Op-ed submission: Love in Christ

Deborah Rookey | Class of 2018

I am a student leader in progressive organizations on campus, former president of Wash. U. for Bernie and a queer woman.

I am also a sweet-tea drinkin’, y’all sayin’, church-goin’, Arkansan founding president of a Christian Campus Ministry.

Those of you who spend a significant amount of time on the South 40 have probably noticed flyers and even an Underpass space advertising an event called “The Original Diversity: Man and Woman in Christ.” Ignoring for a moment the bizarre view of intellectual history perpetuated by these flyers and the abuse and misuse of the word “diversity,” they draw upon an underlying, confusing dichotomy.

Why do we continue to place Christianity, and religion in general, as synonymous with bigotry?

I understand the history. It’s rather inescapable. I could write a book on how the tenets of Christianity do not align with many of the events it was used to justify—in fact, there are books out there on this—but that is not what I’m here to talk about. What I want to discuss is the event happening right here on our campus. The idea that Christian beliefs and diversity (and I mean true diversity) are incompatible blows my mind. This is a religion that was founded by a Jewish populist bringing people who previously were not welcome into the temple with him. How is that in line with exclusivity? Church has always been a source of comfort for me, a place of community, the place where I first started singing (another huge part of my life). I go to church each week to center myself for the coming days. So, when the rhetoric of my God, the one I worship and praise daily, the one I was raised to know gave their only son for me, is used to tell me that I am condemned for being who I am? I simply can’t accept that.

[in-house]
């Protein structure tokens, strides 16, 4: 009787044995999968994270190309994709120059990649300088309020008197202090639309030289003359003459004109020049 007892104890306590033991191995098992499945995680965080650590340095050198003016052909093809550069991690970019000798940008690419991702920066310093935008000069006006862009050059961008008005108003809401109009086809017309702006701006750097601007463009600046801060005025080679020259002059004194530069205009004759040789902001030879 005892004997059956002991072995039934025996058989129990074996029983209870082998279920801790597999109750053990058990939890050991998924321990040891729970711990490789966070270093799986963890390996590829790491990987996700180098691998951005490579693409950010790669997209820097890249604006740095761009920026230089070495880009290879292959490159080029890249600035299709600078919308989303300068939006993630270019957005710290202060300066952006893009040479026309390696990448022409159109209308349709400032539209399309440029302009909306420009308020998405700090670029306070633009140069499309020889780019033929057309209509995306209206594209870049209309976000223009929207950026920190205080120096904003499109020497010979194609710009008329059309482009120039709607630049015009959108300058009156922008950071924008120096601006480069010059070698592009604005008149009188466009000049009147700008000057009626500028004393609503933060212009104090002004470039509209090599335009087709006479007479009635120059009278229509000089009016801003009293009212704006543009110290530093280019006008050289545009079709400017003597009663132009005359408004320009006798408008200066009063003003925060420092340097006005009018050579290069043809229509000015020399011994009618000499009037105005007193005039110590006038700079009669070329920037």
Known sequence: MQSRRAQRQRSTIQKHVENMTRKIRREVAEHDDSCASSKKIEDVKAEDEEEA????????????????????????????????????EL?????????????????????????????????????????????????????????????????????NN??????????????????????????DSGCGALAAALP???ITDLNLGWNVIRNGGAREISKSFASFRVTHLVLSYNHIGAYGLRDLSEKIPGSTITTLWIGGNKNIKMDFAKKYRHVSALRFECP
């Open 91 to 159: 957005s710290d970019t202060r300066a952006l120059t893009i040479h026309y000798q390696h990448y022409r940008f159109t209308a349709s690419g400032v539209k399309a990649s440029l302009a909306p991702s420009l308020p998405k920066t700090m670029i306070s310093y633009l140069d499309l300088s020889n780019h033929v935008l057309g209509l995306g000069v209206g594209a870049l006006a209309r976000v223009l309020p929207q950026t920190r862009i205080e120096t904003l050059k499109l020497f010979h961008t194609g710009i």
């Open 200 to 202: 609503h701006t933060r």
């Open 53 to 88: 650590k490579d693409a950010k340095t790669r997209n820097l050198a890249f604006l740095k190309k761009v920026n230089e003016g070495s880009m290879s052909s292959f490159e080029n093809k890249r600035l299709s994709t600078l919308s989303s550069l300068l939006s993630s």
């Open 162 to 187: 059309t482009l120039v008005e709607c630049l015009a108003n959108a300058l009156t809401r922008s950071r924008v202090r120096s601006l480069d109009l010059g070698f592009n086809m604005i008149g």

But the other side that I cannot accept is when people (typically my fellow liberals) see this side of Christian rhetoric and condemn the church, believing that this is representative of Christianity as a whole because this is the group that yells the loudest, because the far right has somehow claimed the name of God.

That is why I was asked by my fellow sponsors of the “Nothing But Love” event next Monday to write this op-ed. We aren’t here to divide people; we’re here to protest the forces of division itself. I’ll be there with my cross and my rainbow flag. I hope that you’ll be there too.

  • Moses

    “This is a religion that was founded by a Jewish populist”

    To me, this is kind of the problem. Many people, myself included, aggressively criticize christianity because a few fanatical followers of Jesus took the state religion of Israel and turned it into a money-making machine without regard to intellectually-obtained morals and rules. Joshua had no part in starting this cult, but its early leaders were able to separate the religion from its people and make it so that it can be forced down the throat of anyone in the world regardless of culture, allowing the church complete control. Today, christianity is an enormously large cult that preaches damnation to all those who don’t accept it and give money to the church, ultimately letting it permeate its rules and absurd morals into actual government policy. It’s no wonder why it’s so disliked among free thinkers.